Fresh charges are to be laid against some of those seized in the Urewera police raids - more than a year after they were arrested.
Five of the 18 people arrested during the nationwide operation last October are to face new allegations of participating in a criminal gang.
One of the five is Maori activist Tame Iti.
The charge carries a maximum penalty of five years in prison and has angered supporters of the accused, who claim the Government is trying to save face after failing in an attempt to bring charges under the Terrorism Suppression Act.
Seventeen of the 18 defendants charged with firearms offences were committed to trial last month.
They were alleged to have participated in weapons-training camps at various locations around the country.
But the Crown has added new charges of participating in a criminal gang in a draft indictment sent to lawyers of five of the accused.
The new charge would be laid under section 98A of the Crimes Act and is expected to be added to the list of charges the five already face.
Because it is more serious than the firearms charges, it will have to be heard in the High Court.
A group called Justice Now Collective, which is supporting the accused and their families, last night reacted angrily to the new charges saying they were "a desperate attempt by the Government to save face after the Solicitor-General found insufficient evidence to bring charges under the Terrorism Suppression Act".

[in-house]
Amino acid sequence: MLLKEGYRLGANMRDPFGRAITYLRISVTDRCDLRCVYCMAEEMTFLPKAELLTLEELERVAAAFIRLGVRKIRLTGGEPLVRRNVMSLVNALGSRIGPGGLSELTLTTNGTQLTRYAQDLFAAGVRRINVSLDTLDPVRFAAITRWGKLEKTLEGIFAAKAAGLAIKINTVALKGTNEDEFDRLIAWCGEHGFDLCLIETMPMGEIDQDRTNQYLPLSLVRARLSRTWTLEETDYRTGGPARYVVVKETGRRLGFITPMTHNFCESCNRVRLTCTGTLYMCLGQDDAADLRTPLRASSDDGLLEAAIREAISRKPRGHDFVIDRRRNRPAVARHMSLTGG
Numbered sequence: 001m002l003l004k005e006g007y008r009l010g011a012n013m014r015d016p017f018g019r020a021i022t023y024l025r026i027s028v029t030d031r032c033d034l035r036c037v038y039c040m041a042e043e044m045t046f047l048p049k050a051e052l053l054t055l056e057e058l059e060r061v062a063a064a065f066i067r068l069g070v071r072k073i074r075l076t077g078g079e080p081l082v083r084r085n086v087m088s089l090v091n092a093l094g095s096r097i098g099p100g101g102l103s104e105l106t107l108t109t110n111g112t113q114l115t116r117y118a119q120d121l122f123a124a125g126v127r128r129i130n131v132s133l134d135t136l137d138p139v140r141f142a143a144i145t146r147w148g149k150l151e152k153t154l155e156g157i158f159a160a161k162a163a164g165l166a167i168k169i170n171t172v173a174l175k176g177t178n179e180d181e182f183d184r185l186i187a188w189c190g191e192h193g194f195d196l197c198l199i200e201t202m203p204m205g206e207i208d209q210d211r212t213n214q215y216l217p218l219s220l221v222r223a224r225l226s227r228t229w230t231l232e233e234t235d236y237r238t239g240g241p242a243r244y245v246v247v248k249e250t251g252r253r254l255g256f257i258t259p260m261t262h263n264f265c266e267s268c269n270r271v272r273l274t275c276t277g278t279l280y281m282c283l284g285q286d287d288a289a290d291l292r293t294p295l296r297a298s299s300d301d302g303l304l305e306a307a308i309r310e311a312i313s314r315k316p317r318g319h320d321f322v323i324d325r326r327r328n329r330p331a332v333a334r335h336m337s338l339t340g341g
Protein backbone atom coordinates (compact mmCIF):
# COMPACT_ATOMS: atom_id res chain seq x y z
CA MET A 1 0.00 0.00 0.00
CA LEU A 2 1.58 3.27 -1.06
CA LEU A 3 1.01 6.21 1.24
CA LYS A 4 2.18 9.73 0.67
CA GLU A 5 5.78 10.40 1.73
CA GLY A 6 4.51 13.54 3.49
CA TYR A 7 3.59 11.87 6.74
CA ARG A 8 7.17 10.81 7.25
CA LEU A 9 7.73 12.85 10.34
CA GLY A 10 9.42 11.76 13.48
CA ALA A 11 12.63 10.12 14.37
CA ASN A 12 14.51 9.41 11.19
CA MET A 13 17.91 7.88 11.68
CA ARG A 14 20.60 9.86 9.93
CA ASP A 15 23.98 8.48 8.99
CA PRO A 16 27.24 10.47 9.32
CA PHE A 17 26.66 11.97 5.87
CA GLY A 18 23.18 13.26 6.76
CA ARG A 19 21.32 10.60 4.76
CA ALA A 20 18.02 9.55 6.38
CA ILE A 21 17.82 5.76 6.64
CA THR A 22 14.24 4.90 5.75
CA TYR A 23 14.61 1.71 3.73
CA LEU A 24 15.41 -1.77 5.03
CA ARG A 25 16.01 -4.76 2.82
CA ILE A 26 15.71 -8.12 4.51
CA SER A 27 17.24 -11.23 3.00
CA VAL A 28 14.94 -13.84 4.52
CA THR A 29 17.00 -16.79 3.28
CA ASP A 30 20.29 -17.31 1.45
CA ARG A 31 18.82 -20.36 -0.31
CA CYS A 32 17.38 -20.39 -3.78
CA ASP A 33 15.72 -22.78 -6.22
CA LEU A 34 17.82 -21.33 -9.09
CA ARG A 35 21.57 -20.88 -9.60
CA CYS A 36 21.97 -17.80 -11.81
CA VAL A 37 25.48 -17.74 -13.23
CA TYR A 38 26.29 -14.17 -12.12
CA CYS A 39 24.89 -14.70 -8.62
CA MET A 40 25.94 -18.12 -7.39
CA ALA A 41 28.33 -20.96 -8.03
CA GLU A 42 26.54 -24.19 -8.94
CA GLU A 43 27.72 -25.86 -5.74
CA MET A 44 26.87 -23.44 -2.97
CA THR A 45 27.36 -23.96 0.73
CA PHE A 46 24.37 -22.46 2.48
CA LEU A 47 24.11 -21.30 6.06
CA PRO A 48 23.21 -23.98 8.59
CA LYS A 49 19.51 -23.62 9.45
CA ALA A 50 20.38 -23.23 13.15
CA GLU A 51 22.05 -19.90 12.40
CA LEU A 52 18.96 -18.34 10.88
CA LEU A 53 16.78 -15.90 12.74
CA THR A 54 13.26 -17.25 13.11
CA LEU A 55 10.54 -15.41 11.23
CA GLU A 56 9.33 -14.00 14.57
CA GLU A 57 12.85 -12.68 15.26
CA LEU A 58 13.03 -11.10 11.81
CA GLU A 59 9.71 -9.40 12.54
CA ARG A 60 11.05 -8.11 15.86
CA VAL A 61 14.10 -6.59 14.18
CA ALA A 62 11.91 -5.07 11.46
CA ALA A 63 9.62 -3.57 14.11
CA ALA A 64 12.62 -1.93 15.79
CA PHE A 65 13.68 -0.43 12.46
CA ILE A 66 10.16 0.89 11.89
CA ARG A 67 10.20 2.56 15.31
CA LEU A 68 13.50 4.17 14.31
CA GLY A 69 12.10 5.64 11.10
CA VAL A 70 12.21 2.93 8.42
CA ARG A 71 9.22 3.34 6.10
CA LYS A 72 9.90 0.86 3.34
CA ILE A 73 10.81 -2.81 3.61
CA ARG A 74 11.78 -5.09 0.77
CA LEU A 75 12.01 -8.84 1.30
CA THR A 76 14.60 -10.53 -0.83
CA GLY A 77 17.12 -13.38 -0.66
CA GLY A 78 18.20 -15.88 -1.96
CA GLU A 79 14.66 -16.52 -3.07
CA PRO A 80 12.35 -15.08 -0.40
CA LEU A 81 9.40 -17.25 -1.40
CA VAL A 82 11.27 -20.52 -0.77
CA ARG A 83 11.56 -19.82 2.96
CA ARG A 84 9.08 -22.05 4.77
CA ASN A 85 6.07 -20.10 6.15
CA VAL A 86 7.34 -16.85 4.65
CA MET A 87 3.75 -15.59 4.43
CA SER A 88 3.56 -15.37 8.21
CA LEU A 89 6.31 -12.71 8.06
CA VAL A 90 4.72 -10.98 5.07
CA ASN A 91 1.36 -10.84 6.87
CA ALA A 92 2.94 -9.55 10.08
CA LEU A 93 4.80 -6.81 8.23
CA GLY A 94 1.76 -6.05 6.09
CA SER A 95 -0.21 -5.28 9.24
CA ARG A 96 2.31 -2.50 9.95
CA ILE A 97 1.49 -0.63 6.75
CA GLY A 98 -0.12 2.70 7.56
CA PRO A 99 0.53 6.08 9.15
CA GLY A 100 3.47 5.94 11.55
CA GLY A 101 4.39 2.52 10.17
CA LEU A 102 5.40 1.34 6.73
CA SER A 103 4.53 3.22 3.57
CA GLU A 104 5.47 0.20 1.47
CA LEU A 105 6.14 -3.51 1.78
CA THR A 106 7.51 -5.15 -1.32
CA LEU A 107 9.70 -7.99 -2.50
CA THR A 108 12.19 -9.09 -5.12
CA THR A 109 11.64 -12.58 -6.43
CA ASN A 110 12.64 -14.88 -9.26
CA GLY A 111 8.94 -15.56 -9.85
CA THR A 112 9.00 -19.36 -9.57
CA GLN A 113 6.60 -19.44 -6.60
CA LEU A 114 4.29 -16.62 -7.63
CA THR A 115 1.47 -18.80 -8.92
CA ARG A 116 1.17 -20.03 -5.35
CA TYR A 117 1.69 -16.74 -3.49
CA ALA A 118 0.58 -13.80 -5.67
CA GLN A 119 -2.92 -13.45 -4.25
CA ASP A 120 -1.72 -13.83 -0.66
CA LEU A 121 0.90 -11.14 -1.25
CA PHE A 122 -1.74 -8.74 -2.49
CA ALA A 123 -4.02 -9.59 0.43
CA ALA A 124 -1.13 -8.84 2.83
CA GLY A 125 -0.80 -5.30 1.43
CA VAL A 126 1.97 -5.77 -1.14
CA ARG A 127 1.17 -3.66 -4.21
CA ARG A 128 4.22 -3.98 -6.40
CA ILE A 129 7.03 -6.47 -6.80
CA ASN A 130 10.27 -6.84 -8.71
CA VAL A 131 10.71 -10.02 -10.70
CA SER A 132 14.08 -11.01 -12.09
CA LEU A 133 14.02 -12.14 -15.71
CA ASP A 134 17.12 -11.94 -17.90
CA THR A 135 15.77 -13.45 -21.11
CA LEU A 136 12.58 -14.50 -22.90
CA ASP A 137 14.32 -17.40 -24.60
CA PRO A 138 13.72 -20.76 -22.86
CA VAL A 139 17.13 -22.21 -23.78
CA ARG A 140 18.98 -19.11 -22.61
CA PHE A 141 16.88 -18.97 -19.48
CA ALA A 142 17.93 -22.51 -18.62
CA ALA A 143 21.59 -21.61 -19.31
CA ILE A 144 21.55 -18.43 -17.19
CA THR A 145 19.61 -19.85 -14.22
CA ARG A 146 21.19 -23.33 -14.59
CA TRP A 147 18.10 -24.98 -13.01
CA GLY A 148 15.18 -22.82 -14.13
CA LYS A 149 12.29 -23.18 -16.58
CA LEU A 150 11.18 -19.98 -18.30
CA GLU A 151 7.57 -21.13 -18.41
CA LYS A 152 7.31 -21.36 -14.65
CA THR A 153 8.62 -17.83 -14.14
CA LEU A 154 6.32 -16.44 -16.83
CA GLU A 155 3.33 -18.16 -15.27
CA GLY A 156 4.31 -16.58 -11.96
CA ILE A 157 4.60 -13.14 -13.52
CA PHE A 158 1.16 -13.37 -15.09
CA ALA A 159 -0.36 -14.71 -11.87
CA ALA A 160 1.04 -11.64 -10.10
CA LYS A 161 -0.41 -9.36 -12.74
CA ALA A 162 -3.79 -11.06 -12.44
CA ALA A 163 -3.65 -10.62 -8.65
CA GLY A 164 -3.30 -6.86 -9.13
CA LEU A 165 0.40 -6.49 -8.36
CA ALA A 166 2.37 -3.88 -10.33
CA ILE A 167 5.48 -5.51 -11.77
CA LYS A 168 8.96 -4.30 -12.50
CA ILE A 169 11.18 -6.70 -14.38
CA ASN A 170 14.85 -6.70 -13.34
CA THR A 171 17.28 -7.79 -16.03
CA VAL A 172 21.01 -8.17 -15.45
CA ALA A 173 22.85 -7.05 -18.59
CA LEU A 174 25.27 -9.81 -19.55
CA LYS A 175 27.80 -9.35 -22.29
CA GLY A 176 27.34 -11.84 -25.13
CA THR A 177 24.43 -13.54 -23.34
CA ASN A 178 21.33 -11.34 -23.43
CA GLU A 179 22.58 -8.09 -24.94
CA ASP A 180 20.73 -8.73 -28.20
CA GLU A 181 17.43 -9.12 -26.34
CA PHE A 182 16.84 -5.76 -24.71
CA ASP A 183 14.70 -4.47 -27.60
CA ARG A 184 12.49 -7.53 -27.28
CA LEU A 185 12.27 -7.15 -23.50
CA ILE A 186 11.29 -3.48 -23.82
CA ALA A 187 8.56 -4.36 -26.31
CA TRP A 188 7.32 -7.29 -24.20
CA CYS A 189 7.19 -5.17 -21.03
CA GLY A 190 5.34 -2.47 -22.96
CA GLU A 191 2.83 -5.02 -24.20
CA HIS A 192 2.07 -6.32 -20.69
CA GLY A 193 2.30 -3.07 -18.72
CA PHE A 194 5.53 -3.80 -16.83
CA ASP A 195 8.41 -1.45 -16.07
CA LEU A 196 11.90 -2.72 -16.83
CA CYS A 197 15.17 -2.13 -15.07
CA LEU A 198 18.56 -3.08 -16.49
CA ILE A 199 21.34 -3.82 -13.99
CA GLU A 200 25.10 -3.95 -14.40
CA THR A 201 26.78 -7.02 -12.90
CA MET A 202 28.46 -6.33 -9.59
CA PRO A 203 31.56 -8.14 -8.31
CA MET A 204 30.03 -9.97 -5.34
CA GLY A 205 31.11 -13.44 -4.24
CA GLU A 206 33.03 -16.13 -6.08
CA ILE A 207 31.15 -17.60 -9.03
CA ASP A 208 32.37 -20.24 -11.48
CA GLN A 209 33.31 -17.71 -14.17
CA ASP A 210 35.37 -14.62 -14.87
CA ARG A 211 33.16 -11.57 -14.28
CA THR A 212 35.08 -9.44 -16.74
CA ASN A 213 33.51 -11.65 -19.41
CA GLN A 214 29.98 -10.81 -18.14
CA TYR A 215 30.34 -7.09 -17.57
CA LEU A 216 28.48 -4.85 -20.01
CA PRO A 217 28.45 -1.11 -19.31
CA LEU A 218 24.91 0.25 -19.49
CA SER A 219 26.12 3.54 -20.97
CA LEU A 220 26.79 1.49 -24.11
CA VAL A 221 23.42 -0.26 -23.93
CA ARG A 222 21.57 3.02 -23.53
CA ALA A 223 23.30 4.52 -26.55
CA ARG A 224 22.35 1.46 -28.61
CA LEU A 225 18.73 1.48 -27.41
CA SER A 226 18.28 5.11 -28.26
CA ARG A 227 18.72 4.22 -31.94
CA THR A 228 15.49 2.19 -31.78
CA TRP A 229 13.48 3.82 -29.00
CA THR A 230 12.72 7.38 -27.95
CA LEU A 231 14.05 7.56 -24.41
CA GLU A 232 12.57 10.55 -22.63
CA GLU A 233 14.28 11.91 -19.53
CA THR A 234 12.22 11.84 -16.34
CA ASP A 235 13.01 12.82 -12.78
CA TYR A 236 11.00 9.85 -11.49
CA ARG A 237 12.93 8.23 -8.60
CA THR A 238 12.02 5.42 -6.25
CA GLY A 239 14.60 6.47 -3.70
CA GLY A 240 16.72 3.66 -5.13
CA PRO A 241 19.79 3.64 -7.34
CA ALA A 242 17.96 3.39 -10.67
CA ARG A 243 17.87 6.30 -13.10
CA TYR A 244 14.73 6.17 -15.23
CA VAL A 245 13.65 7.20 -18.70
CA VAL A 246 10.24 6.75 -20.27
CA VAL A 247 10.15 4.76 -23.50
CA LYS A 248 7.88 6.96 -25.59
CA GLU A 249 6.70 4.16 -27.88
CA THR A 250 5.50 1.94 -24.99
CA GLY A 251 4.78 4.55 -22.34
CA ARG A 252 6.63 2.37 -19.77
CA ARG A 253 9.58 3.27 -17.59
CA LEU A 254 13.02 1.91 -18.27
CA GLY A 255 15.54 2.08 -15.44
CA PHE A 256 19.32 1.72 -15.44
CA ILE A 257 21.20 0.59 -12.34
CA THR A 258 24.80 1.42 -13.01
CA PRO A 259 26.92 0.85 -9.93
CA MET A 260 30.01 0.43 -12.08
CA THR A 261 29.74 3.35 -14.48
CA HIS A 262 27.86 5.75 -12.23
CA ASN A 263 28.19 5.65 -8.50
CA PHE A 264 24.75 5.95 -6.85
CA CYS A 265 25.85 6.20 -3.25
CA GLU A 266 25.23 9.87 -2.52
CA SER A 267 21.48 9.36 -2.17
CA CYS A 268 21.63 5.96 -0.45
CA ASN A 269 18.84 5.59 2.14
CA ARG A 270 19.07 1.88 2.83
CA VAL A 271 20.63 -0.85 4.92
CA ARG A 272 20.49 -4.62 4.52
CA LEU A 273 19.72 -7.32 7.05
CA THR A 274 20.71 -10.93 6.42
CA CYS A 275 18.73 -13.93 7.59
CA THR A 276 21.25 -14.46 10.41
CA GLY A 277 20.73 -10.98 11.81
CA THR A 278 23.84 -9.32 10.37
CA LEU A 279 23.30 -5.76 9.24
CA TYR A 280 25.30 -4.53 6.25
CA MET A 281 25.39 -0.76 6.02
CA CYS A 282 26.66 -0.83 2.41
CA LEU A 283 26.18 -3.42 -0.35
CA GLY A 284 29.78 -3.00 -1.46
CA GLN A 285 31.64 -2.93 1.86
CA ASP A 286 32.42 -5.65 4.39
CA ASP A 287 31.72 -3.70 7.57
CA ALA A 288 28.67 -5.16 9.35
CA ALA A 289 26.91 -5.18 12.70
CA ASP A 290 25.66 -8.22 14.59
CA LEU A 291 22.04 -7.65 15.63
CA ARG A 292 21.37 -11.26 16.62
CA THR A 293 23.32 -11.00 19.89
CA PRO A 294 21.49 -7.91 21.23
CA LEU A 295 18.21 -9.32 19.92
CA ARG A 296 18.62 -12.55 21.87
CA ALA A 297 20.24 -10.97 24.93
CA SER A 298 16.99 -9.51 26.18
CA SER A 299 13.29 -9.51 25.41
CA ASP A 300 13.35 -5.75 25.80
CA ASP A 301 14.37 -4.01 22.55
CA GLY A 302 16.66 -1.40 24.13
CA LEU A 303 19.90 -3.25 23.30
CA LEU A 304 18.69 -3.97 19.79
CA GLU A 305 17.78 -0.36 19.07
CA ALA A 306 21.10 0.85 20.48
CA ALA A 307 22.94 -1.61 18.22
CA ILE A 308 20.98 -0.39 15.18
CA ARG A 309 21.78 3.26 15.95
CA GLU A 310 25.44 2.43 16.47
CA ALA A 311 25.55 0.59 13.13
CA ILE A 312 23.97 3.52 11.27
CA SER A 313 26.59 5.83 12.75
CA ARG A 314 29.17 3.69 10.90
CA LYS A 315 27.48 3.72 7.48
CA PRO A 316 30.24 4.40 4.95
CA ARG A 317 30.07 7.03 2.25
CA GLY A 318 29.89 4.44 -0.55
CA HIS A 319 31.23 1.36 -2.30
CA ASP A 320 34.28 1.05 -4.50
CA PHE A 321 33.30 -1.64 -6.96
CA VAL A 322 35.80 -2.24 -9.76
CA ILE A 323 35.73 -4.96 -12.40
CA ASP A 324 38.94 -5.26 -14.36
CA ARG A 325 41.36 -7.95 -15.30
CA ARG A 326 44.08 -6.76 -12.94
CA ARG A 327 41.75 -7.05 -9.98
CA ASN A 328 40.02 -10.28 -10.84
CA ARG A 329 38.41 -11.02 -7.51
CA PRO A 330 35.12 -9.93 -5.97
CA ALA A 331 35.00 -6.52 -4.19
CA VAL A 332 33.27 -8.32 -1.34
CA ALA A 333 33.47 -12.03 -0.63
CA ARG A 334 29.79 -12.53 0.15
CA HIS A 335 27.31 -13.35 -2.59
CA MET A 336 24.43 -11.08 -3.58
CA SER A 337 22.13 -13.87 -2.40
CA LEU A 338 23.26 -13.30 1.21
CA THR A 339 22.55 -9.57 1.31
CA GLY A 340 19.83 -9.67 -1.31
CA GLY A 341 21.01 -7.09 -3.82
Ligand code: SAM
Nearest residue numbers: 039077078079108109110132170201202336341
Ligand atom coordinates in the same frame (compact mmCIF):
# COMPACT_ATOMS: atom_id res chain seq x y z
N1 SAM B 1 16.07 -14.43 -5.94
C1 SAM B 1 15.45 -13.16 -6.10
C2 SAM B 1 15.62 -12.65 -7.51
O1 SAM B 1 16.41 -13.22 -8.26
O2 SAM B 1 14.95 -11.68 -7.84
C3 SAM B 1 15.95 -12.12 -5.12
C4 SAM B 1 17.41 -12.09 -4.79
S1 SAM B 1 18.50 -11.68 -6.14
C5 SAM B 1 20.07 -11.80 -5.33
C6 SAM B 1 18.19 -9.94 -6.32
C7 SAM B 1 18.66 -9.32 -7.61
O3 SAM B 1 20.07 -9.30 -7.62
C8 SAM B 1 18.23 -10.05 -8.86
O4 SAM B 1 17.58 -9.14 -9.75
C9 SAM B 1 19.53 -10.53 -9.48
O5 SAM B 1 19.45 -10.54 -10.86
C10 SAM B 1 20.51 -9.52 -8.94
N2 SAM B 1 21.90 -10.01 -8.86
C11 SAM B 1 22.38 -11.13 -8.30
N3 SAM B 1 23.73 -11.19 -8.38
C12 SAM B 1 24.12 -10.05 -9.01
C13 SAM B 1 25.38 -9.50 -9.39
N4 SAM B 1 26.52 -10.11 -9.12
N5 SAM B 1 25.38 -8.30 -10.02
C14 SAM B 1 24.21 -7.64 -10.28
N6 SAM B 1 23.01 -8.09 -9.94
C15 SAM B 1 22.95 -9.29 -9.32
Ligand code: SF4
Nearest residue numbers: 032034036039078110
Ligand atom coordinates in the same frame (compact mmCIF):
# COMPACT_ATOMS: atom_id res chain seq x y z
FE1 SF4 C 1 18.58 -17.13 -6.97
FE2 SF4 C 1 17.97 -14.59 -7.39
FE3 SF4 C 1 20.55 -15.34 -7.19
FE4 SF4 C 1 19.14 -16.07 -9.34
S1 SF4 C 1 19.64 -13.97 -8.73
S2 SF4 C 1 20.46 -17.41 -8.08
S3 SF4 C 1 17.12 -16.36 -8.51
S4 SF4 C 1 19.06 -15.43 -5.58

Police originally wanted to charge all of the accused with offences under the Terrorism Suppression Act but that was not allowed by Solicitor-General David Collins, QC, who said the legislation was flawed.
Instead police laid firearms-related charges under the Arms Act.
All but one of the 18 who were originally charged were committed to trial on those charges at a depositions hearing in the Auckland District Court last month.
More than 300 charges were heard at that hearing.
Some charges, relating to three of the alleged camps, were dismissed by Judge Mark Perkins, who found there was insufficient evidence to support them.
But Crown Prosecutor Ross Burns said last night the crown would be re-laying those charges in the same indictment with the new charges.
Justice Now Collective spokeswoman Sally Darity criticised that decision.
"This is part of a systematic attack on Maori communities," she said.
"The Government's support of the war on terrorism in the passage of a raft of anti-terrorism laws and expanded police and Security Intelligence Service budgets confirm their agenda to control the population through surveillance and brutal repression of any genuine dissent."
The Crown is entitled to reinstate charges if it believes there is sufficient evidence to support them, as not all available evidence is presented at a depositions hearing.
The other four defendants facing the new charge are Emily Bailey, Urs Signer, Tuhoi Lambert and Whiri Kemara.
A YEAR ON
* October 15, 2007: Police raid several properties including suspected weapons-training camps. Several people are arrested on firearms charges, with the possibility of more serious charges being laid under anti-terrorism laws.
* November 8, 2007: Solicitor General David Collins, QC, rules against the police's application to charge the accused under the Terrorism Suppression Act.
* October 17, 2008: Charges are dropped against one of the accused, Rongomai Pero Bailey. The remaining 17 are on bail awaiting trial.
* October 28: After a month of depositions hearings, the Crown issues an indictment charging five of the accused with participation in a criminal gang under the Crimes Act.